Title: Swift in Depth
Author: Tjeerd Veen
Subject: Swift / Computers & Technology / Programming / Apple Programming
No. of pages: 376
Format: EPUB, PDF
|About this book|
Swift is a young language. At the time of writing, Swift has reached the fourth version and yet is not ABI-stable, meaning that there will be breaking changes when Swift 5 comes out. So why is this book in any position to tell you how to write your code?
You’d be right to be skeptical, but please bear with me. Even though Swift is relatively new, I think it’s fair to say that some solutions work better than others, which is even more essential to understand if you’re using Swift for real production apps.
Swift borrows a lot of important concepts from other programming languages, such as Haskell,
|Ruby, Rust, Python, C#, and others. Therefore, you’d be wise to keep an eye out for these concepts.|
By mixing programming paradigms with real-world experience, this book shares some very fun and useful best practices you can instantly apply to your work.
Having programmed for over a decade in multiple languages and teams, I would like to share tips, tricks, and guidelines that helped my Swift career tremendously, and I want the same for you.
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WHY THIS BOOK?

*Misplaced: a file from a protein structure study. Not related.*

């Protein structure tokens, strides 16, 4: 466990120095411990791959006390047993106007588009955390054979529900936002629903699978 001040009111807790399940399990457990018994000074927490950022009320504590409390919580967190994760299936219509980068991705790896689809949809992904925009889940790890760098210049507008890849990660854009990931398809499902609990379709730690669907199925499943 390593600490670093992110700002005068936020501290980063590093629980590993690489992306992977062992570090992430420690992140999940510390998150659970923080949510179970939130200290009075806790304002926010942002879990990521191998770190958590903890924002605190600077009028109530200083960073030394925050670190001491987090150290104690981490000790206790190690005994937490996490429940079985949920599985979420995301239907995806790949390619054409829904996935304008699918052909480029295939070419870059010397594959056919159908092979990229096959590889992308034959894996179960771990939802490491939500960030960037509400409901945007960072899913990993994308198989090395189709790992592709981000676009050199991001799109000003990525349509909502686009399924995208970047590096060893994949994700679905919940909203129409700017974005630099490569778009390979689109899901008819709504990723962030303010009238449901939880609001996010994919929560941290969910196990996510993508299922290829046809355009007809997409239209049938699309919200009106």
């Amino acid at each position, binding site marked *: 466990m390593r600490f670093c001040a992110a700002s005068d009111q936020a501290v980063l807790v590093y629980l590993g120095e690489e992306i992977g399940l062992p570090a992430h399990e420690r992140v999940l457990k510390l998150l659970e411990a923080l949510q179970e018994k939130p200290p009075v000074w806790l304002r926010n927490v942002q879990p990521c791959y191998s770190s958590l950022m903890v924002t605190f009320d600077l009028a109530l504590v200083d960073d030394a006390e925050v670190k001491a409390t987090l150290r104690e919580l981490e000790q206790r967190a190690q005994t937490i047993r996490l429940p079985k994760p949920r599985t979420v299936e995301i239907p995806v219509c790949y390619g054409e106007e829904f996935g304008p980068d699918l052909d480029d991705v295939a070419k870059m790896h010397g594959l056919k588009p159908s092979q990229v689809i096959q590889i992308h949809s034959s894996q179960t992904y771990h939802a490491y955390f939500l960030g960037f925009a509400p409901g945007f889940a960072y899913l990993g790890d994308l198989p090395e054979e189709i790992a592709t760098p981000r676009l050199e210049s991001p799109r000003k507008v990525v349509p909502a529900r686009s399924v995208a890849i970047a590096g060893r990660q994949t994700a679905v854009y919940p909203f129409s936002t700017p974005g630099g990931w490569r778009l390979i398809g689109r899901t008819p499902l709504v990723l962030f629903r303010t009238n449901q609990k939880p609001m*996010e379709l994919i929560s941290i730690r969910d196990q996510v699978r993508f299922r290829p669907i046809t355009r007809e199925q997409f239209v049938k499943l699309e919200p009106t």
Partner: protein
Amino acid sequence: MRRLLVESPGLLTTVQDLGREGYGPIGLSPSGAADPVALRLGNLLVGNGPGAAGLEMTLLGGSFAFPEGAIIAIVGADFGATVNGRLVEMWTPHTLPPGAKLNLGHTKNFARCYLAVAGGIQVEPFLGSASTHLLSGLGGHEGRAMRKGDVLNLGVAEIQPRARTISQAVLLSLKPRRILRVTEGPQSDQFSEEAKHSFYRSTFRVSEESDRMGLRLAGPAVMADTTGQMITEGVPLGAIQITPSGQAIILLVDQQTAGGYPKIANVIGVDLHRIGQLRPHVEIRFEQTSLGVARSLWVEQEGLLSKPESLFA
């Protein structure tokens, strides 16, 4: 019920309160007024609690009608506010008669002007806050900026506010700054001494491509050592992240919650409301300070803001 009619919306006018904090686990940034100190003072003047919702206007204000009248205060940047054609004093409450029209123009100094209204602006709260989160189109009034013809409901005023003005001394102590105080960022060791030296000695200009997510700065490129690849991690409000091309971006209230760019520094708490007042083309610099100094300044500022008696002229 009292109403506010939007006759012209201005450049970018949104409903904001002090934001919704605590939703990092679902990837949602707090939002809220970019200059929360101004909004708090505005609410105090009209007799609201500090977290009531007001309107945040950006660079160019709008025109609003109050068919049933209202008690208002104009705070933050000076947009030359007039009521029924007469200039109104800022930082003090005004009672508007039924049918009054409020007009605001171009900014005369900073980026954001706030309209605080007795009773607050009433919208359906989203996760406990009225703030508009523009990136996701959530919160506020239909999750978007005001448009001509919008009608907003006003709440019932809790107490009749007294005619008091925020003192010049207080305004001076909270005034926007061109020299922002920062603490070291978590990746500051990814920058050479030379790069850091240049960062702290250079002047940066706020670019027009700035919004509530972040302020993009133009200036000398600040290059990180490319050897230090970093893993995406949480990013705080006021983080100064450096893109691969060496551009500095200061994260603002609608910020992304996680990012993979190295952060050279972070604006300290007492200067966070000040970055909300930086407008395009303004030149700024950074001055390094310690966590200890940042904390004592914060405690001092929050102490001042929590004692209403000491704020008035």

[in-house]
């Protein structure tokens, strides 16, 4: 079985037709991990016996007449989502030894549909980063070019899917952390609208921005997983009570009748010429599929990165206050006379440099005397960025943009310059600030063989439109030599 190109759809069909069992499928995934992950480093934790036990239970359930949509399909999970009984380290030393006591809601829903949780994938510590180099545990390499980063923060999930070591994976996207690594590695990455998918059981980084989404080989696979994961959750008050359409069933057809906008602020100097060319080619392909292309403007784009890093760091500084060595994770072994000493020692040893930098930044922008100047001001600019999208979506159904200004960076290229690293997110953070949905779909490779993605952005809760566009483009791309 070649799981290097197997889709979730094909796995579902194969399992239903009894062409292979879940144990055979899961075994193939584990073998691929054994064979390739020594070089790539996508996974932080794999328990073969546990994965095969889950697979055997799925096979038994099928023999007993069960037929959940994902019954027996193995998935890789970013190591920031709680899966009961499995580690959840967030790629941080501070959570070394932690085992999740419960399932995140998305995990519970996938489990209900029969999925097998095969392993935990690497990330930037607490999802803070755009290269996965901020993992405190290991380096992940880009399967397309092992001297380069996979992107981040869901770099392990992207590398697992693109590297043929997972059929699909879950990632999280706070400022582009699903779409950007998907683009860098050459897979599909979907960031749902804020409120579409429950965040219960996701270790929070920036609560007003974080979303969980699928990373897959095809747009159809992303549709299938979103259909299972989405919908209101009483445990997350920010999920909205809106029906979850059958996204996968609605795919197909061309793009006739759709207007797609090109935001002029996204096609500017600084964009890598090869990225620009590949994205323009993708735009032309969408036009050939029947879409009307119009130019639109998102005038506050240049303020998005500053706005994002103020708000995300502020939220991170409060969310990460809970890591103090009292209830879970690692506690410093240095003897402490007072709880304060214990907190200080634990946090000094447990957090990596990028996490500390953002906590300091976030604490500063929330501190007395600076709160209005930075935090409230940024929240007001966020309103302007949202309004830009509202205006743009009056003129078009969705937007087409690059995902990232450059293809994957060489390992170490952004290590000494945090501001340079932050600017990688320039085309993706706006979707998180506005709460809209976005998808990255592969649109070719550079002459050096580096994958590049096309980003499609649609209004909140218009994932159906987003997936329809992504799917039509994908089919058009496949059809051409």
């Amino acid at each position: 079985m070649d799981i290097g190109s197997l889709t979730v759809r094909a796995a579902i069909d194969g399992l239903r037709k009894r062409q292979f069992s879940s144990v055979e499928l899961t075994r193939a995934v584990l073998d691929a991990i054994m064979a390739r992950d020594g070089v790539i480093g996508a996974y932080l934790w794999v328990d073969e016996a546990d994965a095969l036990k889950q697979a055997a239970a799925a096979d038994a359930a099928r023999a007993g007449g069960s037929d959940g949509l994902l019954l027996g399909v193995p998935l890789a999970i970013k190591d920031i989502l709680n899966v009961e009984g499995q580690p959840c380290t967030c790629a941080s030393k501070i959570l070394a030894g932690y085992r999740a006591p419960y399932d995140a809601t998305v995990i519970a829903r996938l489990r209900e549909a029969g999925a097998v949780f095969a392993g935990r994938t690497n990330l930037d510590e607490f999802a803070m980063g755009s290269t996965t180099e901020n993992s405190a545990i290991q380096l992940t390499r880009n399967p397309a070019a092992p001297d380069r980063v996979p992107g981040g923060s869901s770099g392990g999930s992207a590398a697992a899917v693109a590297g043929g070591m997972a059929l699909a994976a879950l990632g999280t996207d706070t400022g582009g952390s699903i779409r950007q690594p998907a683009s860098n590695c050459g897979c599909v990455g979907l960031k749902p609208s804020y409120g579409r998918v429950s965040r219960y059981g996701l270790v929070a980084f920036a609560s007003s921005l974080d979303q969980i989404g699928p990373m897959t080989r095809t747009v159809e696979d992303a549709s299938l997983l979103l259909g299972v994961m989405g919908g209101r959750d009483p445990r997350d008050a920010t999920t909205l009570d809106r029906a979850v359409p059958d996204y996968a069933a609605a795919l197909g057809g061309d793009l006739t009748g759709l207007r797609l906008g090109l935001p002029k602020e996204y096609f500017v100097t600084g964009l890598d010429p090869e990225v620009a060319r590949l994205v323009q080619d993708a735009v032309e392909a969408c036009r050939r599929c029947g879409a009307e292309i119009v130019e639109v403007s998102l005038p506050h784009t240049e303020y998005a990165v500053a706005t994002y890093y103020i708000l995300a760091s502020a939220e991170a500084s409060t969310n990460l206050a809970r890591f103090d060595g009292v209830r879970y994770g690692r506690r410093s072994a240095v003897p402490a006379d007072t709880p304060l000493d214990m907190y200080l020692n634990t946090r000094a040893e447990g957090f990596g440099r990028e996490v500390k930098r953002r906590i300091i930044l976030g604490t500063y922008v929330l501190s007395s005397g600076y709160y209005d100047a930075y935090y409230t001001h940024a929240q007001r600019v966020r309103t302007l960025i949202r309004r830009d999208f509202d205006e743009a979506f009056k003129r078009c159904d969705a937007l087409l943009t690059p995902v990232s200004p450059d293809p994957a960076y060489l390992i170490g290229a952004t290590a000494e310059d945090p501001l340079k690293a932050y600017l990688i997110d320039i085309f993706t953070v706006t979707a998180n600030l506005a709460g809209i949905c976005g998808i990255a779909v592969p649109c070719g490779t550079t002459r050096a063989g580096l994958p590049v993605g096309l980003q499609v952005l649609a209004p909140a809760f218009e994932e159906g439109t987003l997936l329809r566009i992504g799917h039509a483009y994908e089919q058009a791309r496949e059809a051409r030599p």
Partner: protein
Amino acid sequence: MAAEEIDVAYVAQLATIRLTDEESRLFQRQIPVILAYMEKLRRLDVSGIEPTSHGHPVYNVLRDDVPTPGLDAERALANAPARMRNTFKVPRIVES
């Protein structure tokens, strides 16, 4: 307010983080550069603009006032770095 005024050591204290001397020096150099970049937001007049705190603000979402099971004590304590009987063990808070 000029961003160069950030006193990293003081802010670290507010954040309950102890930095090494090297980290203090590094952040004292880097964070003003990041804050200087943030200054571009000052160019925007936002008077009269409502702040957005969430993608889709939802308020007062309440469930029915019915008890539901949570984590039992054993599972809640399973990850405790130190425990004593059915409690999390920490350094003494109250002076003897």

|Honestly, a lot of software in this world runs on “ugly” code, and that is completely normal. If your product does what it needs to do, that is—like it or not—good enough for businesses.|
As a developer, you have to make sure your product works and works well. But your users won’t look under the hood and point out ugly if statements. Perfectionism is harmful to software development and the cause to large numbers of unfinished projects.
Still, there’s a large gap between “It does what it needs to do” and a project where some excellent decisions were made that pay off in the long run.
|Having worked on numerous projects, one thing I highly value is writing code that your coworkers and your future self will understand clearly—because elegant code means less chance of bugs, higher maintainability, better understanding for developers who inherit code, increased programmer happiness, and many other benefits.|
Another aspect I value is the robustness of code, meaning how refactor-proof some pieces are. Will it break if you sneeze on it? Or can you change code without a hassle?
In this book, I share my tips, tricks, and guidelines that have worked well for me and companies I’ve worked for. On top of that, it fills in significant knowledge gaps that may arise while working with Swift.
|Although this is a Swift book, a lot of the principles shared here are not Swift-centric and carry over to other programming languages as well; this is because Swift borrows a lot of ideas and paradigms from other languages. After you finish this book, you may find it easy to apply concepts in other languages. For instance, you’ll learn a lot about optionals, or how to use the reduce method on arrays. Later, you may decide to learn Kotlin, where you may apply optionals and reduce—called fold—straight away. You may also find Rust—and its similar generics implementation—easier to learn.|